Colin Mills, compiler of the Hortus Camdenensis, died in late November 2012 after a short illness. As he always considered the Hortus his legacy, it is his family's intention to keep the site running in perpetuity. It will not, however, be updated in the near future.

Camellia japonica ‘Myrtifolia’

A cultivar of Camellia japonica L., ‘Myrtifolia’, the ‘Myrtle-leafed camellia’, has flowers to about 7.5cm across, deep rose when open, becoming paler, the flowers freely produced.  It was imported from China by Greville for Kew in 1806.  [Don, ICR].  The camellia usually grown as ‘Myrtifolia’ in Australia today is a later cultivar.

Horticultural & Botanical History

‘It is of much smaller growth than any of the other kinds; the leaves are also less, and it is more tender and difficult to increase.’  [LBC no.354/1819].  ‘The leaves, though the smallest of any of the varieties which we have seen, are rather too large to warrant the name of myrtifolia.  The flower is round and compact, with the inner petals gradually diminishing in size; approaching, except in colour, to the Bourbon or double white variety.’  [BM t.1670/1814].  ‘#11. Camellia japonica myrtifolia. Hort. Soc. Trans. Myrtle-leaved Camellia: There is probably no longer a doubt that this is the same variety that has been cultivated under the different names of large myrtle leaved, small myrtle leaved, involuta or Lady Long’s.  It is also said to be the kind known in china as C. Hexangularis.  It was introduced in 1808.  It is a very beautiful variety; the flower of a pure rose colour, very compact and regular in its formation, after the style of the double white; and is said to be a little fragrant, although I could never perceive it.  It is not unusual, but I have seen a few perfect stamina, and with the pollen, impregnated the warratah, and obtained seed.  This plant is of very slow growth, not obtaining a large size for many years.  The largest I have ever seen is now in the possession of the Messrs. Hovey, being about six feet in height.’  [The American Gardener’s Magazine and Register.  vol. 2, p.21, 1836].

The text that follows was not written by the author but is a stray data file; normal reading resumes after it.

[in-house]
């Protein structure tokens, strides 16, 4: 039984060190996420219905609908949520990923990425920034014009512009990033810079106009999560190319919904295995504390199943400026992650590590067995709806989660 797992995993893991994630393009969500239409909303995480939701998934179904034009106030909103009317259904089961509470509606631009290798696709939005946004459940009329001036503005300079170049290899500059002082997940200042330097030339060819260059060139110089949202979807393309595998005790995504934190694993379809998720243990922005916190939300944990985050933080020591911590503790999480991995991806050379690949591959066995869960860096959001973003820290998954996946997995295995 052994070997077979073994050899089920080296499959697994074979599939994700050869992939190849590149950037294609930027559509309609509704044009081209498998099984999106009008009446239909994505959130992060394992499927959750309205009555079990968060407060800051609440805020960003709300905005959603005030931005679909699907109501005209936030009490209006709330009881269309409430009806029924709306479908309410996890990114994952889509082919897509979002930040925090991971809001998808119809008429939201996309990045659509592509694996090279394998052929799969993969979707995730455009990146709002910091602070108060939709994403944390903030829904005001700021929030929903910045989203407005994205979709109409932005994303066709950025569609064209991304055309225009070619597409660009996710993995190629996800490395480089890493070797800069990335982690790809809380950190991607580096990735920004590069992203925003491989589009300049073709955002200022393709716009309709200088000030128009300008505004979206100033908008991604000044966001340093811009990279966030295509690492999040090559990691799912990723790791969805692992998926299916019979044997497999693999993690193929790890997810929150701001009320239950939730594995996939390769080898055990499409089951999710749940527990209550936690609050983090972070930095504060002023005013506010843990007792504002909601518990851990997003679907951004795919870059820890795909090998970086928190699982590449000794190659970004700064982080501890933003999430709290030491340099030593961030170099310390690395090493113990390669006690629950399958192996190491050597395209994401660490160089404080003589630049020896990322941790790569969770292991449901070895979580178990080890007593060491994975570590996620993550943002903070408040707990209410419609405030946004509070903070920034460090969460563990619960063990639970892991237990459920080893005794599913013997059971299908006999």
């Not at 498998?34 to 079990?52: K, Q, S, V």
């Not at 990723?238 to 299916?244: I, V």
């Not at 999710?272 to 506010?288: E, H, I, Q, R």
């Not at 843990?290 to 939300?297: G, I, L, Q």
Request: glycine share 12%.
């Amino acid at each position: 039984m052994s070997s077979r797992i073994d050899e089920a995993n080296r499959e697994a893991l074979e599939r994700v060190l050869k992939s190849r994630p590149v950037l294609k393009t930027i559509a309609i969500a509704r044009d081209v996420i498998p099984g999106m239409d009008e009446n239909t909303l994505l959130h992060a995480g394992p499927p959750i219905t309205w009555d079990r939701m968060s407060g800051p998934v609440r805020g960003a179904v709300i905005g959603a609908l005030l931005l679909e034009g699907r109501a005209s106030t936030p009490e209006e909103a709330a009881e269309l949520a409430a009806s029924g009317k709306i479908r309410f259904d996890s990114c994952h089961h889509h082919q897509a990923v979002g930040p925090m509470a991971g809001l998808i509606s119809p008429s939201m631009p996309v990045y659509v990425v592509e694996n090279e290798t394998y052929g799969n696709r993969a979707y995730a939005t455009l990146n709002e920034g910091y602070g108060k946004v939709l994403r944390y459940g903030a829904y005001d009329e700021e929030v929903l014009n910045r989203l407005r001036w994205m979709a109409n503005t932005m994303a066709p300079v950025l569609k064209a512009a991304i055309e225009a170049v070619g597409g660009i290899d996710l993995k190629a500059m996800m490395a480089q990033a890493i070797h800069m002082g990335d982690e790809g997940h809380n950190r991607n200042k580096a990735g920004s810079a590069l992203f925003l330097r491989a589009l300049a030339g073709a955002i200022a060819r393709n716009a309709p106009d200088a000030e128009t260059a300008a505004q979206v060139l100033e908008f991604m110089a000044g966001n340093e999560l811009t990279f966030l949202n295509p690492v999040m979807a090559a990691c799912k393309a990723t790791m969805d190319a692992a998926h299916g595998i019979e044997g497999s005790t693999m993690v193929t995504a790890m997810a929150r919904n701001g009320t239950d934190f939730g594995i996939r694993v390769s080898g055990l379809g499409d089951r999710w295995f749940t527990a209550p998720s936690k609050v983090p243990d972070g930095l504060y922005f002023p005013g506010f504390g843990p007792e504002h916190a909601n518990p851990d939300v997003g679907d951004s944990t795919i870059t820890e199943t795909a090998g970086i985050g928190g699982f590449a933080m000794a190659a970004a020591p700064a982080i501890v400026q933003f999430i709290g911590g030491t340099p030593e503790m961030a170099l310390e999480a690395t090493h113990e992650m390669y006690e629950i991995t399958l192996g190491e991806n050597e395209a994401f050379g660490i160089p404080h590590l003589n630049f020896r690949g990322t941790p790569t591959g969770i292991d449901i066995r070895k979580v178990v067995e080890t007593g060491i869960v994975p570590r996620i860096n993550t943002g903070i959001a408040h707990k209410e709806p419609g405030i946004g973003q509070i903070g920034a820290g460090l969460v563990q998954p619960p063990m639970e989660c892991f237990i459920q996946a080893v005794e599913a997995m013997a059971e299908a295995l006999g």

History at Camden Park

Listed in all published catalogues [T.245/1843].  Received per ‘Sovereign’ February 1831.  [MP A2948-2].  Myrtifolia is listed in both the 1830 and 1836 editions of Loddiges’ Nursery catalogue, copies of which are held at Camden Park [CPA].  In the 1830 edition it is marked with an ‘x’, which usually denotes common before or long introduced, and in the 1836 edition with a ‘c’, denoting grown at Camden.  Myrtifolia was also marked ‘x c’ in an article by ‘G.A.L’ in the Horticultural Register.  Although this book originally belonged to James Bowman, this seems to confirm the early date of introduction.  [HR p.634/1832].  A plant was presented to the Sydney Botanic Garden on December 24th 1845 [RBGS AB].  Intriguingly the full entry in the Accession Book is ‘Camellia Myrtifolia Captn. W’.  The meaning of this is unclear.

Camellia japonica hexangularis was one of 12 camellias marked with an ‘x’ in the copy of Loddiges’ 1836 catalogue held at Camden Park but the only one not to subsequently appear in the record, although a further 5 only appear as desiderata to Loddiges’ Nursery.  However, hexangularis appears to be synonymous with Camellia japonica myrtifolia as attested by the article in The American Gardener’s Magazine, which probably explains why there is no further reference.


Published Jun 30, 2009 - 03:21 PM | Last updated Aug 10, 2011 - 04:54 PM

Figured is a very double, deep rose-coloured camellia with Myrtle-shaped leaves.  Curtis's Botanical Magazine t.1670, 1814.

Camellia japonica 'Myrtifolia' | BM t.1670/1814 | RBGS


Family Theaceae
Region of origin

China or Japan

  • ‘Hexangularis’


Common Name
Name in the Camden Park Record

Camellia japonica myrtifolia 


Confidence level high